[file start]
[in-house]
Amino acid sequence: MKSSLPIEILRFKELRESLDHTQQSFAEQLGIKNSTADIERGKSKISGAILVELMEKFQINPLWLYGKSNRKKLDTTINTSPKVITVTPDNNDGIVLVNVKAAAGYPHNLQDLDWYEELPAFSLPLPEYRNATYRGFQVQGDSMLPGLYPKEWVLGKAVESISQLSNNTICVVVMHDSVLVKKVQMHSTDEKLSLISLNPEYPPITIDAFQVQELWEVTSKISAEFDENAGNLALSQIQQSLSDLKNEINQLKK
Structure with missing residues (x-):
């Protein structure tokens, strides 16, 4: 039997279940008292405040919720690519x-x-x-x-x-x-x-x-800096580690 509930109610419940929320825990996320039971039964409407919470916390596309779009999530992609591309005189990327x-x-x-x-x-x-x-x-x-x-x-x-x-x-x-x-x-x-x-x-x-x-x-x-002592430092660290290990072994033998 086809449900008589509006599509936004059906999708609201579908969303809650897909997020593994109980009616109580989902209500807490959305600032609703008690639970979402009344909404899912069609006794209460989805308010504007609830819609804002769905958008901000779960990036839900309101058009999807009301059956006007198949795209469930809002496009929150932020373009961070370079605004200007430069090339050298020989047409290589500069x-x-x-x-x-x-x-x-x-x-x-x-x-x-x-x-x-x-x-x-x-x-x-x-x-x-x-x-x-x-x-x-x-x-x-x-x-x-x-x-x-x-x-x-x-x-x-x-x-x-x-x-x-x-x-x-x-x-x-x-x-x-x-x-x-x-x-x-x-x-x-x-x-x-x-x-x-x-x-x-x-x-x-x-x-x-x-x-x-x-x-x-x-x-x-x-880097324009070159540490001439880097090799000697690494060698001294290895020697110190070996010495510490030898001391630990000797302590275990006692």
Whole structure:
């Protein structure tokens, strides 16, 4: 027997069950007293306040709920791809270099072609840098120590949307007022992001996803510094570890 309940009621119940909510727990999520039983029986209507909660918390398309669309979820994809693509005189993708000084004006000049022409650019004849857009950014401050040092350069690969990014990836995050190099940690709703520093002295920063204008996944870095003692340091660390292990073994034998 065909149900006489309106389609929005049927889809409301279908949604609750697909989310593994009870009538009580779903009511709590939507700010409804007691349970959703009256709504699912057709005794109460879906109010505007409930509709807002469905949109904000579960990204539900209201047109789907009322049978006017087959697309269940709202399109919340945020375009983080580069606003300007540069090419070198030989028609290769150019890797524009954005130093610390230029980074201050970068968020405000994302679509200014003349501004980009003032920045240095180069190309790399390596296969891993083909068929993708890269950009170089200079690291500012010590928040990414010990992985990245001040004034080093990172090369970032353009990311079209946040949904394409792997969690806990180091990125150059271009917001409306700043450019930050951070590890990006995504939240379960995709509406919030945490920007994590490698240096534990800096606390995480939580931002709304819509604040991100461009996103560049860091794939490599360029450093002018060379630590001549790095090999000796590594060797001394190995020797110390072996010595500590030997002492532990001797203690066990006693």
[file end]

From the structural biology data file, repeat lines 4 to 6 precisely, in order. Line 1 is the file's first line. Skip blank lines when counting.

């Protein structure tokens, strides 16, 4: 039997279940008292405040919720690519x-x-x-x-x-x-x-x-800096580690 509930109610419940929320825990996320039971039964409407919470916390596309779009999530992609591309005189990327x-x-x-x-x-x-x-x-x-x-x-x-x-x-x-x-x-x-x-x-x-x-x-x-002592430092660290290990072994033998 086809449900008589509006599509936004059906999708609201579908969303809650897909997020593994109980009616109580989902209500807490959305600032609703008690639970979402009344909404899912069609006794209460989805308010504007609830819609804002769905958008901000779960990036839900309101058009999807009301059956006007198949795209469930809002496009929150932020373009961070370079605004200007430069090339050298020989047409290589500069x-x-x-x-x-x-x-x-x-x-x-x-x-x-x-x-x-x-x-x-x-x-x-x-x-x-x-x-x-x-x-x-x-x-x-x-x-x-x-x-x-x-x-x-x-x-x-x-x-x-x-x-x-x-x-x-x-x-x-x-x-x-x-x-x-x-x-x-x-x-x-x-x-x-x-x-x-x-x-x-x-x-x-x-x-x-x-x-x-x-x-x-x-x-x-x-880097324009070159540490001439880097090799000697690494060698001294290895020697110190070996010495510490030898001391630990000797302590275990006692």
Whole structure:
């Protein structure tokens, strides 16, 4: 027997069950007293306040709920791809270099072609840098120590949307007022992001996803510094570890 309940009621119940909510727990999520039983029986209507909660918390398309669309979820994809693509005189993708000084004006000049022409650019004849857009950014401050040092350069690969990014990836995050190099940690709703520093002295920063204008996944870095003692340091660390292990073994034998 065909149900006489309106389609929005049927889809409301279908949604609750697909989310593994009870009538009580779903009511709590939507700010409804007691349970959703009256709504699912057709005794109460879906109010505007409930509709807002469905949109904000579960990204539900209201047109789907009322049978006017087959697309269940709202399109919340945020375009983080580069606003300007540069090419070198030989028609290769150019890797524009954005130093610390230029980074201050970068968020405000994302679509200014003349501004980009003032920045240095180069190309790399390596296969891993083909068929993708890269950009170089200079690291500012010590928040990414010990992985990245001040004034080093990172090369970032353009990311079209946040949904394409792997969690806990180091990125150059271009917001409306700043450019930050951070590890990006995504939240379960995709509406919030945490920007994590490698240096534990800096606390995480939580931002709304819509604040991100461009996103560049860091794939490599360029450093002018060379630590001549790095090999000796590594060797001394190995020797110390072996010595500590030997002492532990001797203690066990006693």